The hunt for wild asparagus in southern Ontario brings out the Alaskan frontierswoman in me
Many years ago when I was teaching in Dawson City, Yukon, I would on occasion cross the border into Alaska. I went by river a few times. My friends and I could leave Dawson on Friday night and arrive in the village of Eagle, Alaska on Sunday. I have some fine memories of paddling down the Yukon River, eating fresh salmon and camping out under the midnight sun.
Sometimes we would fly into Juneau, other times we would take the 'Top of the World Highway' and drive to Skagway or Chicken.
Chicken, Alaska, in those days was about the size of Eagle but as the name implies, it didn't have the same fierce charm. What it did have was an old lady named Anne Purdy.
Anne Purdy had a big gun and a super-sized Alaskan personality to go with it.
When I first moved to Dawson I came across, " Tisha", a book written about her life. She had been a young New England girl who had gone north to teach school in the 1920s. She had fallen in love with a young man who was part native and the prejudice they faced kept them apart for years. Sarah Palin wasn't the first Alaskan to take advantage of Canadian health care, the climax of Mrs. Purdy's story involved a harrowing, life and death dog sled race to Dawson City for medical treatment at fifty degrees below zero.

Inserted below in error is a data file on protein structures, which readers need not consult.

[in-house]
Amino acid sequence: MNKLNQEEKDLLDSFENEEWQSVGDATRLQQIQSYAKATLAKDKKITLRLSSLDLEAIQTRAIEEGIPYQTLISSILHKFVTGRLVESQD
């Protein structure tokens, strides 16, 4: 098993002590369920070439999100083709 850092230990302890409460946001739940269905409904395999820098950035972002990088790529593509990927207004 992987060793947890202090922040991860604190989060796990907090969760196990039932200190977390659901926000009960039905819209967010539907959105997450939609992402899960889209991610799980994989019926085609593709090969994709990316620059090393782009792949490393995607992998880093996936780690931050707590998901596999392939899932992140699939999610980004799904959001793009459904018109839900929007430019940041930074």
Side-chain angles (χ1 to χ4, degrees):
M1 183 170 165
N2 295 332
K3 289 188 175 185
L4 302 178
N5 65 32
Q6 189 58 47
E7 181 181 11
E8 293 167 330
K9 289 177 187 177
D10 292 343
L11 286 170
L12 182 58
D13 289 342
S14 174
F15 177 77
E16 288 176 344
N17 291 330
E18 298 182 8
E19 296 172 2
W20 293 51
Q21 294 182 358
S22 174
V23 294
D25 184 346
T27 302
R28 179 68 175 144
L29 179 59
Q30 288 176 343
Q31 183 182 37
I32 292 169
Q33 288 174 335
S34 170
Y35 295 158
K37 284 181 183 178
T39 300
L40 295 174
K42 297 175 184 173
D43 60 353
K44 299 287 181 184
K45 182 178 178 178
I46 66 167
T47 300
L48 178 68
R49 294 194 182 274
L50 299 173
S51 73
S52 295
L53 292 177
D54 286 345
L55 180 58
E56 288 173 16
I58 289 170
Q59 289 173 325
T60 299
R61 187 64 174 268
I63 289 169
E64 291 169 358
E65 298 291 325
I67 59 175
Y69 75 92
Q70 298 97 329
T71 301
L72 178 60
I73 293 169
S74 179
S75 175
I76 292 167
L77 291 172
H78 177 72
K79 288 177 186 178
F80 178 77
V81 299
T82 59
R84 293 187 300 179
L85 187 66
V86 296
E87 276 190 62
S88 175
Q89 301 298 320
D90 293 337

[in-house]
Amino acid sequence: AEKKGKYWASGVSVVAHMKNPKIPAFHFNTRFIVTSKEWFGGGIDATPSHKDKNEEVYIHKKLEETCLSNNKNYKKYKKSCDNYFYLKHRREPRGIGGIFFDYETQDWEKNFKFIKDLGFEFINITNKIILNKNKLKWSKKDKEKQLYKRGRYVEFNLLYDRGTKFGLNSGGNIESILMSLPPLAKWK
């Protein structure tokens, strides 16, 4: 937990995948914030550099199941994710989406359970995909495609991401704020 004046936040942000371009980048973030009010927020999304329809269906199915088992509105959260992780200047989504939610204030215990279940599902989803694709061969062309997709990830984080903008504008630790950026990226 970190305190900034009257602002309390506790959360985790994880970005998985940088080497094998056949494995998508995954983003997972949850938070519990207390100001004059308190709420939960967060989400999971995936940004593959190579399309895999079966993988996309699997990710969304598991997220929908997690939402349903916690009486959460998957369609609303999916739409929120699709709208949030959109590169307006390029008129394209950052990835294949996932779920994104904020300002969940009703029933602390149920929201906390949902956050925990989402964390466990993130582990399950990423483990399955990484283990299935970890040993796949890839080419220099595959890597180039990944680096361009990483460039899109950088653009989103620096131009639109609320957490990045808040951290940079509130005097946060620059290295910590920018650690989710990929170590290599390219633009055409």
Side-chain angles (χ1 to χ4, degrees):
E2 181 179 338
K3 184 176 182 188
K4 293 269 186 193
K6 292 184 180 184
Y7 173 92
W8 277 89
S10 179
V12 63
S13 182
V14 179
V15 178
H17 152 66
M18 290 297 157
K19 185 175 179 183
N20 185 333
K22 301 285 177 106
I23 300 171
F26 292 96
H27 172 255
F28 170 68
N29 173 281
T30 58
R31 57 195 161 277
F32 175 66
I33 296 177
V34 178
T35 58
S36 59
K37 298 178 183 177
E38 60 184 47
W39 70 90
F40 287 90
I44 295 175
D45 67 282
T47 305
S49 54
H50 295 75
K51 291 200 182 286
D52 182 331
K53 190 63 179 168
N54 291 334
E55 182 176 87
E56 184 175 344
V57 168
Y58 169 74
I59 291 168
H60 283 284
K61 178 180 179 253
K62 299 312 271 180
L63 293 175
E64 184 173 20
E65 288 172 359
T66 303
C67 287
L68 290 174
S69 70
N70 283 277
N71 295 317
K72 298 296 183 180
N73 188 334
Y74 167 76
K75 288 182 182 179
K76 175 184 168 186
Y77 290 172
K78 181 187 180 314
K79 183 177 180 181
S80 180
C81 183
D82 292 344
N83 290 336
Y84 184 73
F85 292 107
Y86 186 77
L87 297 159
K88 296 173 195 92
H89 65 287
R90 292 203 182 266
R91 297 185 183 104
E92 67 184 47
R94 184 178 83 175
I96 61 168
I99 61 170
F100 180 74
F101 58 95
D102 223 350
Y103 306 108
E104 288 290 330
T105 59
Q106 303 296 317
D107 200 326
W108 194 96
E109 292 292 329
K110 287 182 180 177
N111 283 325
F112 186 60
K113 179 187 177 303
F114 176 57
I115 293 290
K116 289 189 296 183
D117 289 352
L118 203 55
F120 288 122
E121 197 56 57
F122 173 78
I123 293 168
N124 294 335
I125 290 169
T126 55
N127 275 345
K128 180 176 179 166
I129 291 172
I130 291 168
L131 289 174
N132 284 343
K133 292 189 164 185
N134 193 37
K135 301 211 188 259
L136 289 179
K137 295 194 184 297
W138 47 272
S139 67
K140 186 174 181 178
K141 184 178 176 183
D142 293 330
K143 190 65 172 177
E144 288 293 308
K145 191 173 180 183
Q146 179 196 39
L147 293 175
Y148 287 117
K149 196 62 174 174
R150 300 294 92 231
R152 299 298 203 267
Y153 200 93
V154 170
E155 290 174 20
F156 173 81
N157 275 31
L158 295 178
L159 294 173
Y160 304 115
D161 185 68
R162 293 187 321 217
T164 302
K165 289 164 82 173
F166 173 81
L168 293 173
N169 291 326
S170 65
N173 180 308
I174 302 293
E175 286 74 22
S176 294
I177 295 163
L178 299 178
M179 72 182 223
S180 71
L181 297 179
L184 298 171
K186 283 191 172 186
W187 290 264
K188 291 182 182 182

When I found out that she was still alive I decided to go and meet her.
Around that time Mrs. Purdy was in the middle of a political brawl with the Alaska Bureau of Land Management. I heard her threaten to shoot every last one of the s.o.b.s if they took one step on her (disputed) property. Imagine a proud old lady, tall, with long gray hair, a floor length gingham skirt over rubber boots and a rifle she was prepared to use. The image stayed with me.
Now years later, back in Ontario, I'm the old(ish) lady with the gray(ish) hair. But my land dispute isn't with a faceless bureaucracy, my dispute is with sneaky city people who steal my wild asparagus. We're talking important issues here, folks.
You see, asparagus often grows on the edge of the road in Niagara, the part that is owned, (on paper), by the region. But psychologically, emotionally and spiritually, that little strip of land on the other side of the ditch belongs to the home owner.
I believe that people have no business picking the home owner's asparagus from the home owner's land!
So be warned, if you are on the trail of the wild asparagus in North Pelham this spring, the crazy old lady standing in the ditch will be me. Being Canadian I don't have a gun, but I have a broom, and by golly this year I intend to use the bristly end of it.
So be afraid, you asparagus thieves, be very afraid...